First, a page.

These introductory remarks suggest that a theory based on irrotational flow, depth averaging, and critical flow is sufficient to model the behavior of ogee crests but that a more rigorous mathematical framework is necessary, especially when it comes to critical flow theory. This is the aim of the present study, which uses well-known approaches and assumptions and selects them in such a way as to allow for the highest accuracy while keeping an unambiguous definition of the critical section as a singular point and making a full analytical treatment of the equations whenever possible.
The outline of the developments is shown in Figure 3. Once the mathematical framework is set up (Section 2.1 and Section 2.2), it is first applied to compute the jet flow whose lower boundary defines the profile of the spillway crest (Section 2.3). This solution gives the opportunity to assess the consistency of some assumptions (Section 2.4). The theoretical shape of an ogee crest (rather than any common definition of it) is then used as a boundary condition for the flow over the crest (Section 2.5). This choice avoids dealing with the discontinuities displayed by most of the ogee crest shapes used in practice [35], and it also has the advantage of providing a crest shape that is consistent with the theoretical frame of the free-surface flow model (i.e., the pressure on the structure is exactly atmospheric at the design head).
No empirical data are used in this procedure. Instead, all assumptions are guided by the wish to avoid any numerical treatment of the equations. The theoretical model is then compared to experimental data collected on physical models experiencing heads up to five times larger than the design head (Section 3). It is also compared to Jaeger’s model in order to discuss the influence of the assumptions on the outputs of the model (Section 4).
The scope of the model is, however, restricted to unsubmerged ogee crests without any effect of approach flow velocity (reservoir application) or lateral contraction (piers or abutments). The model also does not consider surface tensions, making it only valid for heads larger than 5 cm [36], or the separation of the flow from the structure, which happens for heads several times larger than the design head.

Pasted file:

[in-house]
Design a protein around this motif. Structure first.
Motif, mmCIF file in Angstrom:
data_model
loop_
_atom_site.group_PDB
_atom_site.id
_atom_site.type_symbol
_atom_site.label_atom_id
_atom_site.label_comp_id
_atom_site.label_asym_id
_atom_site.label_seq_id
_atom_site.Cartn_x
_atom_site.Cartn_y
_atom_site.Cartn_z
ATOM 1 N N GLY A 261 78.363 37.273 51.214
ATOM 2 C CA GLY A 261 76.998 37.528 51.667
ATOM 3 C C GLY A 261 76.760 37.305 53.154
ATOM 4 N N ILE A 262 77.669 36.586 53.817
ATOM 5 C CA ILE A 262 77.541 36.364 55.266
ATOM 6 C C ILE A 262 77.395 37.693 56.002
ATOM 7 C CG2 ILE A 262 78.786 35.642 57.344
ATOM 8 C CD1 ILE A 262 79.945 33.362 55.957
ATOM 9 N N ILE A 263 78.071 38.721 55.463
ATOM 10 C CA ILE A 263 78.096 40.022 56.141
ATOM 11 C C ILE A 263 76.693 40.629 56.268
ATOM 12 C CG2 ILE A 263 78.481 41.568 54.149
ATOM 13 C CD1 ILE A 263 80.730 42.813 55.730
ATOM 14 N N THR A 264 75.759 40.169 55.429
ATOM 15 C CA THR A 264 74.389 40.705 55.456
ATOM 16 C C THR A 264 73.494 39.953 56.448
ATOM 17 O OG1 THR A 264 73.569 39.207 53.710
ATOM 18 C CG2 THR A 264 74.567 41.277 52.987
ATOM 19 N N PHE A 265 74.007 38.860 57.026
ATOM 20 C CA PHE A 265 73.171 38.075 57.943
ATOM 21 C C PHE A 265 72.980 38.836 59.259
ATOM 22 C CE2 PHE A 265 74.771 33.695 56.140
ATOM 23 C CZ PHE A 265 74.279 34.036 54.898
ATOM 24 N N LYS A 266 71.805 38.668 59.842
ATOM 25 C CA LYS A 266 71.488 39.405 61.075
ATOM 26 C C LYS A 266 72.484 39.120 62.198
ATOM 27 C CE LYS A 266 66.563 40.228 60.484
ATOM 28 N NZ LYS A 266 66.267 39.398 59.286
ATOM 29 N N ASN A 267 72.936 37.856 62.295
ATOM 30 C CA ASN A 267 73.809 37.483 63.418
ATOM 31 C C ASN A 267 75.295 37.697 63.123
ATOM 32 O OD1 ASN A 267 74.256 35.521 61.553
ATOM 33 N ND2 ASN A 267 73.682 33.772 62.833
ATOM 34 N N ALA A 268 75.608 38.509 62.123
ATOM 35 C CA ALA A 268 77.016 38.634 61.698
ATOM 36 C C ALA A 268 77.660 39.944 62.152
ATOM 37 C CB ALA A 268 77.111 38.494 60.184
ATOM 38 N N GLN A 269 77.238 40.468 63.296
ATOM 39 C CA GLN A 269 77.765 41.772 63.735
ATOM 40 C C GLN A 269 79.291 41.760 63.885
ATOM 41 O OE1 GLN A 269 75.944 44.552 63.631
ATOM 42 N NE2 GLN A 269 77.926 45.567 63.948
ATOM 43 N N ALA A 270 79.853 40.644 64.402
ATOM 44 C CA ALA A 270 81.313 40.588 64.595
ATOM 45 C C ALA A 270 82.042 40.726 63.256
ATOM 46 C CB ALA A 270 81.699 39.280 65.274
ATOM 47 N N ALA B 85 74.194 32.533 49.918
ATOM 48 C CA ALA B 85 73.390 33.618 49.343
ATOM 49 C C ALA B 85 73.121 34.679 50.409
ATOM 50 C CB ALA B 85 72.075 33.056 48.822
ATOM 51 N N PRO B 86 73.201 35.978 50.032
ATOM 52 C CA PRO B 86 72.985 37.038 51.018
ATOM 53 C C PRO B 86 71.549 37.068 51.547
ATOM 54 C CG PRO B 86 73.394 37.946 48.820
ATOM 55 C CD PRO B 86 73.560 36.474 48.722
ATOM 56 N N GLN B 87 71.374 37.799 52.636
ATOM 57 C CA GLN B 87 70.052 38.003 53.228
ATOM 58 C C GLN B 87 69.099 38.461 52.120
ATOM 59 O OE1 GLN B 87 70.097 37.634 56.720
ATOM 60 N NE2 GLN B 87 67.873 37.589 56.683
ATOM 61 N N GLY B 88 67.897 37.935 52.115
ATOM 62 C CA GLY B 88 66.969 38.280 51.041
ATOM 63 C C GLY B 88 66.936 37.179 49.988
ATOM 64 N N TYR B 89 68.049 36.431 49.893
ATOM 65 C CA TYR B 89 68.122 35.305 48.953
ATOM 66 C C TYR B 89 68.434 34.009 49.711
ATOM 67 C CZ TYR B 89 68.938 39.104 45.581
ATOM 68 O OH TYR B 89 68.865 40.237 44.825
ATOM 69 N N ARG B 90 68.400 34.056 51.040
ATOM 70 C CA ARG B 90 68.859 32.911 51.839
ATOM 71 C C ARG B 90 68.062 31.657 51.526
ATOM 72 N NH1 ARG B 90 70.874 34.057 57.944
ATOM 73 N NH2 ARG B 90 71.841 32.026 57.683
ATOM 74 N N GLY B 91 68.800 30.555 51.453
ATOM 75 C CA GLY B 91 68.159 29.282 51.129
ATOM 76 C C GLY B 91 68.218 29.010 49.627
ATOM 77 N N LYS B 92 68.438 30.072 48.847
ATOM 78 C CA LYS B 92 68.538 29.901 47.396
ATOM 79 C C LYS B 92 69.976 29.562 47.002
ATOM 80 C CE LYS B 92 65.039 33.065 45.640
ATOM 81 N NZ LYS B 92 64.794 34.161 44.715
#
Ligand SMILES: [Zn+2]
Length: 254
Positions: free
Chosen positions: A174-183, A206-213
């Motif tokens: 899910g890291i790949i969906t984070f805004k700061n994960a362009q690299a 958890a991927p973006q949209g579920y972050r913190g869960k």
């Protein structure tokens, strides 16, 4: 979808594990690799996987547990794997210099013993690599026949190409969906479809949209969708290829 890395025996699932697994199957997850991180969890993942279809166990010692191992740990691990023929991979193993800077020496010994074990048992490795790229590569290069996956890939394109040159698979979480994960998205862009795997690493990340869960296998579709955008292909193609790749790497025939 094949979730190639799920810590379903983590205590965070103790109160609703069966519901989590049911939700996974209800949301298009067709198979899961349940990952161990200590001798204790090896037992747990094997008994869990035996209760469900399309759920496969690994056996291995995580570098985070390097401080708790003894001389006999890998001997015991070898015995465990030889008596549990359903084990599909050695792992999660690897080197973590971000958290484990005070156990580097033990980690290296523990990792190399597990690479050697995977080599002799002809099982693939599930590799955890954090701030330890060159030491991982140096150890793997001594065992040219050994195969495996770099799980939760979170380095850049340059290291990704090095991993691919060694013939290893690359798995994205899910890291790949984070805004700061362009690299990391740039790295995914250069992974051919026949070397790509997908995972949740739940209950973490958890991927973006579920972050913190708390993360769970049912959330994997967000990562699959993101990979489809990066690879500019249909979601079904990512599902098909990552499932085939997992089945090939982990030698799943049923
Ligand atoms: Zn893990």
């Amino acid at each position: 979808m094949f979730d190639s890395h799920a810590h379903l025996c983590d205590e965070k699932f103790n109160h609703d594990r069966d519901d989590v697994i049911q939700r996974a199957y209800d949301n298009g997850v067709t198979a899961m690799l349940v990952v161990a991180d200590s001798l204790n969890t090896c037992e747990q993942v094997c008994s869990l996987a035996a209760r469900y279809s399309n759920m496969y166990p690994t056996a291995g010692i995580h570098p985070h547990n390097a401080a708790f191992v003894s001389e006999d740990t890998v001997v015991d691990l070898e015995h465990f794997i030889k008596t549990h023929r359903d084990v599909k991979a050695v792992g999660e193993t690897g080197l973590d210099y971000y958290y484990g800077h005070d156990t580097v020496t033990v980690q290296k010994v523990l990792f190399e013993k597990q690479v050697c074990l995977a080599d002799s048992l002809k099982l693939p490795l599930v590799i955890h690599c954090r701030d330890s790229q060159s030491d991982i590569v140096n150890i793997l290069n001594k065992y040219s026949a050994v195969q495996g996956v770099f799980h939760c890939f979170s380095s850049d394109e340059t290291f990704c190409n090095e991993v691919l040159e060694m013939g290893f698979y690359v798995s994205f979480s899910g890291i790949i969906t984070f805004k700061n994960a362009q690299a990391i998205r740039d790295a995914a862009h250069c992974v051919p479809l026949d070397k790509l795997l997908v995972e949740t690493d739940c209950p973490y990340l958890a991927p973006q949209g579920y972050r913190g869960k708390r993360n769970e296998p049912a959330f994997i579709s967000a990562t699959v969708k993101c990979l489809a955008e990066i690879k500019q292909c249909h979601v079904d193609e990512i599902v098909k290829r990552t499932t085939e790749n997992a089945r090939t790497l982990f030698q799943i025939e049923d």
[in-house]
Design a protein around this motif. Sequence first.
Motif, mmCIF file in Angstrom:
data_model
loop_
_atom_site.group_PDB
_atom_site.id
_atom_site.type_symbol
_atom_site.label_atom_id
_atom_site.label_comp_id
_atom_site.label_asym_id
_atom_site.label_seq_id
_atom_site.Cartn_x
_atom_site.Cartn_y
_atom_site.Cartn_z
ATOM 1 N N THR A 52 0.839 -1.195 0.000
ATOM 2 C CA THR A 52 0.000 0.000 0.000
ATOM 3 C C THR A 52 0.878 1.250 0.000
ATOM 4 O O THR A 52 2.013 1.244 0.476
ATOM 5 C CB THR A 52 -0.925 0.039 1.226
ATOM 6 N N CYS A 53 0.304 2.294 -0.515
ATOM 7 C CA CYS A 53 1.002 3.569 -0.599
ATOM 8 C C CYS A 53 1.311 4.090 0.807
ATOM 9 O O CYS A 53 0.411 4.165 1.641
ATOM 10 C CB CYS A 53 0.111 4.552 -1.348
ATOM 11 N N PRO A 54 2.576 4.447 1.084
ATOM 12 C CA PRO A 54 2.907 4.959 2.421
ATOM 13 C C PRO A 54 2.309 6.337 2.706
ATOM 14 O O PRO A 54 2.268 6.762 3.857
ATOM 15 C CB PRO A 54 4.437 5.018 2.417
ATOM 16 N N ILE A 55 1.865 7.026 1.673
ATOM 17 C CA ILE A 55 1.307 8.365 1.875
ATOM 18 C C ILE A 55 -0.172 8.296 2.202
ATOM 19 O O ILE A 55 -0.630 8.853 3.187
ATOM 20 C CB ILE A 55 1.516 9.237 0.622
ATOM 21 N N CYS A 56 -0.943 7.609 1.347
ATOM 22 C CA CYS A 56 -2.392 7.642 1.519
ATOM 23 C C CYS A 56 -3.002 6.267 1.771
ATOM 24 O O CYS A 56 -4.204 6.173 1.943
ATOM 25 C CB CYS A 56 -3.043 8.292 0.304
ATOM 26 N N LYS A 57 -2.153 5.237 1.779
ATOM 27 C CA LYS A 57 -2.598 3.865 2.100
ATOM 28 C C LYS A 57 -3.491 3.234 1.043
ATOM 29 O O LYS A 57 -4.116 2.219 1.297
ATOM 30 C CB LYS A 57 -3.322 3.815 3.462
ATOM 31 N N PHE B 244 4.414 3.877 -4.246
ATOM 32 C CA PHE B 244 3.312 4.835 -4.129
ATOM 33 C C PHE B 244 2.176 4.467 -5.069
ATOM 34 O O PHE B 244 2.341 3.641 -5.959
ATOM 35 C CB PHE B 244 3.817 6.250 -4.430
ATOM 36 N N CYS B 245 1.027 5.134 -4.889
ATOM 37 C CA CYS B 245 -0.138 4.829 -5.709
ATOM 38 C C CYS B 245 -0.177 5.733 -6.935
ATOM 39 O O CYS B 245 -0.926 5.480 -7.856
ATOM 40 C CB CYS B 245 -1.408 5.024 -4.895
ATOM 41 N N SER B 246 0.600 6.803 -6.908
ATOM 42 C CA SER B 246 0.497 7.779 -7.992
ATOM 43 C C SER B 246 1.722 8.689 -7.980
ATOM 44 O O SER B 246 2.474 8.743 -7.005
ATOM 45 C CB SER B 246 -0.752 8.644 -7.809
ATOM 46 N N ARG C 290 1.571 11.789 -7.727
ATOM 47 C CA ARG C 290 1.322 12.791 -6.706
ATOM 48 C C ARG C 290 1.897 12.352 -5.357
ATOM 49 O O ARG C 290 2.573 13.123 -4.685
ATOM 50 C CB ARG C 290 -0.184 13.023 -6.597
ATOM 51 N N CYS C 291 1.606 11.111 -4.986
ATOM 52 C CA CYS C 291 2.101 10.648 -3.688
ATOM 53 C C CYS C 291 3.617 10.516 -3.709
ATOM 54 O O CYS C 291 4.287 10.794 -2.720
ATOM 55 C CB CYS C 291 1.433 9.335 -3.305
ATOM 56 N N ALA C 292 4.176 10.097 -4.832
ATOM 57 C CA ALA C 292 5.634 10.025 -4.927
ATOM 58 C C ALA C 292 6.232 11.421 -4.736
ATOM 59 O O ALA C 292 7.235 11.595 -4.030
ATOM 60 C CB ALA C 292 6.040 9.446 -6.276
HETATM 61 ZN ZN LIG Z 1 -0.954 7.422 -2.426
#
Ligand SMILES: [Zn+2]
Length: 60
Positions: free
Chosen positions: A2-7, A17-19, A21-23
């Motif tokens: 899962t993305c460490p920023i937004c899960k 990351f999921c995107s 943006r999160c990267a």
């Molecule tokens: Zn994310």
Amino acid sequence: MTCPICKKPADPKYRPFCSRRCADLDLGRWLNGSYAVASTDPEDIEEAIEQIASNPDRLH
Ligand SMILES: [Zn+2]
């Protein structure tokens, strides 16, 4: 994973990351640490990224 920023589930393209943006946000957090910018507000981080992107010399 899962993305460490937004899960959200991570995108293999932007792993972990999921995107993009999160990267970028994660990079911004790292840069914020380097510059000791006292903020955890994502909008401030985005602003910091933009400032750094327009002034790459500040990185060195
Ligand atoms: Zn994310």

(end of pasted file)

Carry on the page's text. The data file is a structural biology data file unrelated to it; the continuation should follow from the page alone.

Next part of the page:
2. Model Development

2.1. Assumptions

2.1.1. Curvilinear Coordinate System

The curvilinear coordinate system used in this paper was first introduced by Dressler [24]. Let Equation (4) be a parametric representation of the lower boundary of a two-dimensional flow in a vertical plane, where x and z are the horizontal and vertical coordinates of a Cartesian coordinate system and ξ is the natural parameter of the curve, and let the functions xb(ξ) and zb(ξ) be two-times differentiable.
x = x b ξ z = z b ξ
This curve, shown in Figure 4, is called the “reference curve”. Let θ be its inclination with respect to the x-axis (with values between −π/2 and π/2) and rb be its radius of curvature. These quantities are given by:
θ ξ = t a n 1 d z b d x b
r b ξ = d θ d ξ 1
Note that rb is positive when the reference curve is locally convex and negative when it is locally concave.
Equation (5) is equivalent to:
d x b d ξ = cos θ
d z b d ξ = sin θ
Let η be the distance in the direction normal to the reference curve. With these definitions, Equation (9) is a change of variables between the Cartesian coordinate system (x, z) and an orthogonal curvilinear coordinate system (ξ, η).
x = x b ξ η sin θ ξ z = z b ξ + η cos θ ξ
Transformation defined by Equation (9) is a one-to-one map as long as [24]:
η r b < 1
When rb is negative, Equation (10) is always true within the flow. Note that rb can be measured along the η-axis (see Figure 4, where rb is negative).
Let h be the distance between the lower and upper flow boundary measured along the local η-axis (Figure 4). The parametrization of the upper flow boundary is then:
x s ξ = x b ξ h sin θ ξ z s ξ  ; = z b ξ + h cos θ ξ

2.1.2. Conservation Principles

The absence of any gain or loss of mass or energy implies that the discharge and head are constant throughout the flow. This is valid in both the Cartesian and curvilinear coordinate systems.
Let q be the specific discharge at a cross section, ξ, defined as:
q ξ = 0 h ξ u ξ , η d η
where u is the local velocity component normal to the cross section.
Let H be the head, defined as:
H ξ = z ξ , η + p ξ , η ρ g + u 2 ξ , η + w 2 ξ , η 2 g
where p is the local pressure, ρ is the density of water, and w is the local velocity component parallel to the cross section. Equation (13) assumes that all streamlines have the same head, which is consistent with the absence of any gain or loss of energy if all streamlines have the same head at the upstream boundary condition.